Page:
# Critique of McClintock's Study of Human Menstrual Cycles

 Author Alex Reinhart Year 2015 Source Statistics Done Wrong: The Woefully Complete Guide

McClintock’s study of human menstrual cycles went something like this:

1. Find groups of women who live together in close contactfor instance, college students in dormitories.
2. Every month or so, ask each woman when her last menstrual period began and to list the other women with whom she spent the most time.
3. Use these lists to split the women into groups that tend to spend time together.
4. For each group of women, see how far the average woman’s period start date deviates from the average.

Small deviations would mean the women’s cycles were aligned, all starting at around the same time. Then the researchers tested whether the deviations decreased over time, which would indicate that the women were synchronizing. To do this, they checked the mean deviation at ﬁve different points throughout the study, testing whether the deviation decreased more than could be expected by chance.

Unfortunately, the statistical test they used assumed that if there was no synchronization, the deviations would randomly increase and decrease from one period to another. But imagine two women in the study who start with aligned cycles. One has an average gap of 28 days between periods and the other a gap of roughly 30 days. Their cycles will diverge consistently over the course of the study, starting two days apart, then four days, and so on, with only a bit of random variation because periods are not perfectly timed. Similarly, two women can start the study not aligned but gradually align.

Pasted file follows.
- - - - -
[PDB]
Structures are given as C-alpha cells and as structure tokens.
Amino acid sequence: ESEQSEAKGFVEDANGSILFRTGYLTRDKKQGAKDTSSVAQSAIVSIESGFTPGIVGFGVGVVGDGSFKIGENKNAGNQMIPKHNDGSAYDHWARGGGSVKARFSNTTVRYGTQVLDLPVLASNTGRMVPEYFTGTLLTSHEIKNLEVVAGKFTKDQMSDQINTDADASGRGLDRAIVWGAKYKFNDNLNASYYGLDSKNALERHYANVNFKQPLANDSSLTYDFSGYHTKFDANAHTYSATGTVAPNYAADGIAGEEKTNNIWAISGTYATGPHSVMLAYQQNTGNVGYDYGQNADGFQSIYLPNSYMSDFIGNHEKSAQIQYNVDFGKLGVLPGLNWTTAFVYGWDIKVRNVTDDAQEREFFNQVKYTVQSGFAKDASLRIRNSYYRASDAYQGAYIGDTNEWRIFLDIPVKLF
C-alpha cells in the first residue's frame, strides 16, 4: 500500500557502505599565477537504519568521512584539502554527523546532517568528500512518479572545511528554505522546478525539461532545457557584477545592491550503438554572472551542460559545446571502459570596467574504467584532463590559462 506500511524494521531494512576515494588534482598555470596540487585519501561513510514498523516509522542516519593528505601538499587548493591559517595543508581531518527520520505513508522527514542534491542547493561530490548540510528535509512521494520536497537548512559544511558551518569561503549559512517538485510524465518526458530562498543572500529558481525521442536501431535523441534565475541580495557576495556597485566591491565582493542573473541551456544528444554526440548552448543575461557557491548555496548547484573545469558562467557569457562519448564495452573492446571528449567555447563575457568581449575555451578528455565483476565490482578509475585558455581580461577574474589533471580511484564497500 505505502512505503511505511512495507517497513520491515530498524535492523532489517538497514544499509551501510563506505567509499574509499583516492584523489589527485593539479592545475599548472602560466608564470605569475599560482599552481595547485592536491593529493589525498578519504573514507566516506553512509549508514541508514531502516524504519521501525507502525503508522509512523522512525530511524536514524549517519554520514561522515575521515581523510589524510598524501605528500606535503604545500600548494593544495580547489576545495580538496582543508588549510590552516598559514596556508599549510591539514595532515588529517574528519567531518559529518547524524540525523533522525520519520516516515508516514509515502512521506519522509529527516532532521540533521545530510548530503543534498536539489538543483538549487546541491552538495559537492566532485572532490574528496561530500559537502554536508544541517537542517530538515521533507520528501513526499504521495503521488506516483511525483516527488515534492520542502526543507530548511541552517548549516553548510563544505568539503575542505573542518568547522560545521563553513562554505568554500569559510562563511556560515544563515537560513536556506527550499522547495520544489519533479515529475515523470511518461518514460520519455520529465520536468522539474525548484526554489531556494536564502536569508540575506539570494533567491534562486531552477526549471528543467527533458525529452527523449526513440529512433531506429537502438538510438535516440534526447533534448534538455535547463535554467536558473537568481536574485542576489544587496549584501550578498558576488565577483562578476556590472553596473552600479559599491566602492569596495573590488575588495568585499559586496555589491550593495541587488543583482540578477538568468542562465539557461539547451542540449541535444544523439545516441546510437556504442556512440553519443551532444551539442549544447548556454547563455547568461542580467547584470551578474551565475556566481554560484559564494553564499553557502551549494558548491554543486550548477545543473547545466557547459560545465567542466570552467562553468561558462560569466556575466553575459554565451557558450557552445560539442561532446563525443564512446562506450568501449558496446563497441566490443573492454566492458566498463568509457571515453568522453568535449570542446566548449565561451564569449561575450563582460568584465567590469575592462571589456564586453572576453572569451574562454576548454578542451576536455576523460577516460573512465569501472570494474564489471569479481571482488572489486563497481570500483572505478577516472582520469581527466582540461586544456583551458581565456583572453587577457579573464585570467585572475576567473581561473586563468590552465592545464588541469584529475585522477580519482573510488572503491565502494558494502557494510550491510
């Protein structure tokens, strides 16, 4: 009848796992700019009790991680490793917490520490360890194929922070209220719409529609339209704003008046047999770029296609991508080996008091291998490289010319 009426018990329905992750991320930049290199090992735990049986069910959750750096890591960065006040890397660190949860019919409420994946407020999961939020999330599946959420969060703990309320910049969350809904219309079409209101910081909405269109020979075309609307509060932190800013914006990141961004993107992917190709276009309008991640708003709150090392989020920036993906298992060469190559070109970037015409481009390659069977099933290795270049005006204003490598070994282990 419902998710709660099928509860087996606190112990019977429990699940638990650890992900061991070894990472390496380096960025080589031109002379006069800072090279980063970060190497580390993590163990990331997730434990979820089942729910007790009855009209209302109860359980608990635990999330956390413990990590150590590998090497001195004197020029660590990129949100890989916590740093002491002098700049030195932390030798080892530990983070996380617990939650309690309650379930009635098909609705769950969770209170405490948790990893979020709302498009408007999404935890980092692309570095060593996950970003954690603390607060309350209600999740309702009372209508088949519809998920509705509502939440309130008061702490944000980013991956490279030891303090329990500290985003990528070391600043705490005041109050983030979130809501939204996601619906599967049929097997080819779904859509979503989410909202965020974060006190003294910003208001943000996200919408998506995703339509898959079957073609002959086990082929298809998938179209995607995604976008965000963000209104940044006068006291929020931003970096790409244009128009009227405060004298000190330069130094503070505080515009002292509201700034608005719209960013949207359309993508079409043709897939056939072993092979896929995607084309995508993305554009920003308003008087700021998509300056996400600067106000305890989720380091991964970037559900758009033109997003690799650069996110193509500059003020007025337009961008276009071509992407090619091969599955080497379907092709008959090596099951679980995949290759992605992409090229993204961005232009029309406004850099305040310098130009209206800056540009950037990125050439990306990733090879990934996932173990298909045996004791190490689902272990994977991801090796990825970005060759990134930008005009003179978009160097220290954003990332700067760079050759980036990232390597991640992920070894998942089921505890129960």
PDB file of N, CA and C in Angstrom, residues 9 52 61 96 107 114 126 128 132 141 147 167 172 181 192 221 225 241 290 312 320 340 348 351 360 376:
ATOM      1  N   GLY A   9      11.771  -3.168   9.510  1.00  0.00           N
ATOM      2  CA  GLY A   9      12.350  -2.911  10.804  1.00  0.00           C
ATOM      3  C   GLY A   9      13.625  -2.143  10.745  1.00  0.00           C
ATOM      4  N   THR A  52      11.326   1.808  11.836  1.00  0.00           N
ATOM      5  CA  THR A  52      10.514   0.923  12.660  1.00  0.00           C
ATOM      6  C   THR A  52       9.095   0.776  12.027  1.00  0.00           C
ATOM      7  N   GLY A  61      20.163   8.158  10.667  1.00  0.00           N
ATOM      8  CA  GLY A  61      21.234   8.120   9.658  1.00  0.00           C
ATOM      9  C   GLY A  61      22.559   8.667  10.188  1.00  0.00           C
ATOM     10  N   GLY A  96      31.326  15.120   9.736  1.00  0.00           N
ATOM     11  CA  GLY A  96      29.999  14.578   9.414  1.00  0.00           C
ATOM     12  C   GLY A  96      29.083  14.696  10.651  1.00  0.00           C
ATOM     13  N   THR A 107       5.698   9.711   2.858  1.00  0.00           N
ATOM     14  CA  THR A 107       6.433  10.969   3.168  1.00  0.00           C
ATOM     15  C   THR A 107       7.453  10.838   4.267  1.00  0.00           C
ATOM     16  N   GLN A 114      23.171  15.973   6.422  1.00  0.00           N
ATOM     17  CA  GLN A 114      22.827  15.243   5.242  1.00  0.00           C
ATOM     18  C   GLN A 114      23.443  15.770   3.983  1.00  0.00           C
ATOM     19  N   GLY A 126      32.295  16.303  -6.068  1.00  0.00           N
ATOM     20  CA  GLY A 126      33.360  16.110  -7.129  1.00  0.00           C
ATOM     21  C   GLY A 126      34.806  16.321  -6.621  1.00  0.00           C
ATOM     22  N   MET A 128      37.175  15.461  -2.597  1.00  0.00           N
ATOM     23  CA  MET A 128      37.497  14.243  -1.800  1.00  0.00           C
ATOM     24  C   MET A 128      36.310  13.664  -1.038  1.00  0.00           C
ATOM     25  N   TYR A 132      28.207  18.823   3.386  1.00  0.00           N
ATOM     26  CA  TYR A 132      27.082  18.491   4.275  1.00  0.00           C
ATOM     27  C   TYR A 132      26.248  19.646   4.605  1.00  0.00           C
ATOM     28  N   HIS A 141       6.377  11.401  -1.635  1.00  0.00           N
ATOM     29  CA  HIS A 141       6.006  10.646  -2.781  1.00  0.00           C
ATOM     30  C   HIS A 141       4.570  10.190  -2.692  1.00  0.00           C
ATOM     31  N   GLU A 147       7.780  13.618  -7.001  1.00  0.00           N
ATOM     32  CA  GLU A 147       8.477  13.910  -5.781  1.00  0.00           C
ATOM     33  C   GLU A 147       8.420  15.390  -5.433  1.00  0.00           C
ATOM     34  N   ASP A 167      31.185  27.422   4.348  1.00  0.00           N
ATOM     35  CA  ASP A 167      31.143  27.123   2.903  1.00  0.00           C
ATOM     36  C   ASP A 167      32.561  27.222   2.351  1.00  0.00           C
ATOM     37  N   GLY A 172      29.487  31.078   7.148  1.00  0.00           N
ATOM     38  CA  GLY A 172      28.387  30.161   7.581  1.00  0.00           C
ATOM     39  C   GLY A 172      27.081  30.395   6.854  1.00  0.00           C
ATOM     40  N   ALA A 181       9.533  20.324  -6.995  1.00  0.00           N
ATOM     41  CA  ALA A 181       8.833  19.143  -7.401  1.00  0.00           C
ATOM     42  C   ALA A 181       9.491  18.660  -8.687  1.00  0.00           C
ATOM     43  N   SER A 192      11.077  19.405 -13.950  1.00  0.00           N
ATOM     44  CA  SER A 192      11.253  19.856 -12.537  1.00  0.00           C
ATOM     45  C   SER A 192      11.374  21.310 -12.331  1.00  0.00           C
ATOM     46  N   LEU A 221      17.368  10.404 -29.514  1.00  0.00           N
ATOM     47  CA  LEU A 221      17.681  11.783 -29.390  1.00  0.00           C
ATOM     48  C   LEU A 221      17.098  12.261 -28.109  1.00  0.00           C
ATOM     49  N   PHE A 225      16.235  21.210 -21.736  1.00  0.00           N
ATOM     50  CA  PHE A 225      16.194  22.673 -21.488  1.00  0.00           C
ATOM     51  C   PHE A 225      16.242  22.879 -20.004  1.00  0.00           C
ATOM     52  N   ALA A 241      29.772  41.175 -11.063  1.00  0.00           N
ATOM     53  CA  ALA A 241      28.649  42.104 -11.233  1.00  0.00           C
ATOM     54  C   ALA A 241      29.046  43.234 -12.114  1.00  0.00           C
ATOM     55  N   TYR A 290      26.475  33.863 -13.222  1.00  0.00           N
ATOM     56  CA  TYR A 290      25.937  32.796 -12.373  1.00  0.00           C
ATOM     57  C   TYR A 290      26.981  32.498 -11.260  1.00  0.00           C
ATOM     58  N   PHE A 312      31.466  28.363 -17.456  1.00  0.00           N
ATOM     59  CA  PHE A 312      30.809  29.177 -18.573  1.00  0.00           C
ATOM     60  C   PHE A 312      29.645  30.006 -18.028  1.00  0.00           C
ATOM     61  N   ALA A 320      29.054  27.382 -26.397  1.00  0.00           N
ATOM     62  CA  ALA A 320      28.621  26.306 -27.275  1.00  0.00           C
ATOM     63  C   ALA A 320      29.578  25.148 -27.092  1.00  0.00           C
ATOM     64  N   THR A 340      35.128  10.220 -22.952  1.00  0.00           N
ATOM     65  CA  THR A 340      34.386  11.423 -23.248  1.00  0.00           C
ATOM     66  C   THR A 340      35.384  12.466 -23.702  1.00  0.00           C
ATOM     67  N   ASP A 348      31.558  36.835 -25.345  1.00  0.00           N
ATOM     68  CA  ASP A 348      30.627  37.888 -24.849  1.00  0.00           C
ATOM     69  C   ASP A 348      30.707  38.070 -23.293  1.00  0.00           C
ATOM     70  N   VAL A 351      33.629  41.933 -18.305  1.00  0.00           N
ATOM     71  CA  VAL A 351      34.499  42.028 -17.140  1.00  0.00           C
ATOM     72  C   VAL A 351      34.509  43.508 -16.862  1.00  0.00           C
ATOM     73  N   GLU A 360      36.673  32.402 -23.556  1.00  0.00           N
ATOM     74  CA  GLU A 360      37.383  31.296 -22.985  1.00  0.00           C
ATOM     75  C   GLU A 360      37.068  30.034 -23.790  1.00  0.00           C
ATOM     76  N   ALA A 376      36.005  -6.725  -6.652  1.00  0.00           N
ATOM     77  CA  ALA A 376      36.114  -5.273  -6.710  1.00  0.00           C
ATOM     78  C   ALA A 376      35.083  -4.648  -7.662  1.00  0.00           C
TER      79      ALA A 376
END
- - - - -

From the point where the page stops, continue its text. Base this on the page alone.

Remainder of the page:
For comparison, if you’ve ever been stuck in traffic, you’ve probably seen how two turn signals blinking at different rates will gradually synchronize and then go out of phase again. If you’re stuck at the intersection long enough, you’ll see this happen multiple times. But to the best of my knowledge, there are no turn signal pheromones.

So we would actually expect two unaligned menstrual cycles to fall into alignment, at least temporarily. The researchers failed to account for this effect in their statistical tests.

They also made an error calculating synchronization at the beginning of the study: if one woman’s period started four days before the study began and another’s started four days after, the difference is only eight days. But periods before the beginning of the study were not counted, so the recorded difference was between the fourth day and the ﬁrst woman’s next period, as much as three weeks later.

These two errors combined meant that the scientists were able to obtain statistically significant results even when there was no synchronization effect outside what would occur without pheromones.

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1. Menstrual Synchrony and Suppression (1971) by Martha K McClintock 3